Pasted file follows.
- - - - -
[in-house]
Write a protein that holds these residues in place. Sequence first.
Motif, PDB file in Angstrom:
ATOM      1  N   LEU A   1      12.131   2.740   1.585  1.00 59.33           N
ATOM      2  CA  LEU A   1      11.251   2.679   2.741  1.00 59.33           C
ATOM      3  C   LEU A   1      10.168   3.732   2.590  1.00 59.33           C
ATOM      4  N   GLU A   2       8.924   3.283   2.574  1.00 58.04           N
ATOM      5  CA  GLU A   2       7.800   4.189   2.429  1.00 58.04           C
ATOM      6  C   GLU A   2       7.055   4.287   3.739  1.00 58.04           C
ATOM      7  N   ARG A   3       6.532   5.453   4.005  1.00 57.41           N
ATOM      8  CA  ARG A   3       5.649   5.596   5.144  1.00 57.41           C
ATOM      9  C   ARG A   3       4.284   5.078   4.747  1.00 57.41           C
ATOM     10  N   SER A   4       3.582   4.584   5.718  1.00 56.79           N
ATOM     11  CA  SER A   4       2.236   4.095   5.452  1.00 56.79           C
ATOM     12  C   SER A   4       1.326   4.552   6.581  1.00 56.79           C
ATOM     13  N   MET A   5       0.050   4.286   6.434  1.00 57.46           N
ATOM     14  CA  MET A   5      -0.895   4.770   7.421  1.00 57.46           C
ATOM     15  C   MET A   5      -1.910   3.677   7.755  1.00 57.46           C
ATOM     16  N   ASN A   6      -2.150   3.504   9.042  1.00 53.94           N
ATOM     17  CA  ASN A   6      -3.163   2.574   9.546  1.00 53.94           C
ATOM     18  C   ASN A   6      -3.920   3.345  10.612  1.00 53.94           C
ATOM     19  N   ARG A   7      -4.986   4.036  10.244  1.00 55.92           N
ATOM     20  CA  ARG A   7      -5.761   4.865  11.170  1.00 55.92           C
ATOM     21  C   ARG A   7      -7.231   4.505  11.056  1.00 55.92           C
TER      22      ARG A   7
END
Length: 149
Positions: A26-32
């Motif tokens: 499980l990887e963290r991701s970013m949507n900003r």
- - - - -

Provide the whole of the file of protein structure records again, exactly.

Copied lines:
[in-house]
Write a protein that holds these residues in place. Sequence first.
Motif, PDB file in Angstrom:
ATOM      1  N   LEU A   1      12.131   2.740   1.585  1.00 59.33           N
ATOM      2  CA  LEU A   1      11.251   2.679   2.741  1.00 59.33           C
ATOM      3  C   LEU A   1      10.168   3.732   2.590  1.00 59.33           C
ATOM      4  N   GLU A   2       8.924   3.283   2.574  1.00 58.04           N
ATOM      5  CA  GLU A   2       7.800   4.189   2.429  1.00 58.04           C
ATOM      6  C   GLU A   2       7.055   4.287   3.739  1.00 58.04           C
ATOM      7  N   ARG A   3       6.532   5.453   4.005  1.00 57.41           N
ATOM      8  CA  ARG A   3       5.649   5.596   5.144  1.00 57.41           C
ATOM      9  C   ARG A   3       4.284   5.078   4.747  1.00 57.41           C
ATOM     10  N   SER A   4       3.582   4.584   5.718  1.00 56.79           N
ATOM     11  CA  SER A   4       2.236   4.095   5.452  1.00 56.79           C
ATOM     12  C   SER A   4       1.326   4.552   6.581  1.00 56.79           C
ATOM     13  N   MET A   5       0.050   4.286   6.434  1.00 57.46           N
ATOM     14  CA  MET A   5      -0.895   4.770   7.421  1.00 57.46           C
ATOM     15  C   MET A   5      -1.910   3.677   7.755  1.00 57.46           C
ATOM     16  N   ASN A   6      -2.150   3.504   9.042  1.00 53.94           N
ATOM     17  CA  ASN A   6      -3.163   2.574   9.546  1.00 53.94           C
ATOM     18  C   ASN A   6      -3.920   3.345  10.612  1.00 53.94           C
ATOM     19  N   ARG A   7      -4.986   4.036  10.244  1.00 55.92           N
ATOM     20  CA  ARG A   7      -5.761   4.865  11.170  1.00 55.92           C
ATOM     21  C   ARG A   7      -7.231   4.505  11.056  1.00 55.92           C
TER      22      ARG A   7
END
Length: 149
Positions: A26-32
């Motif tokens: 499980l990887e963290r991701s970013m949507n900003r």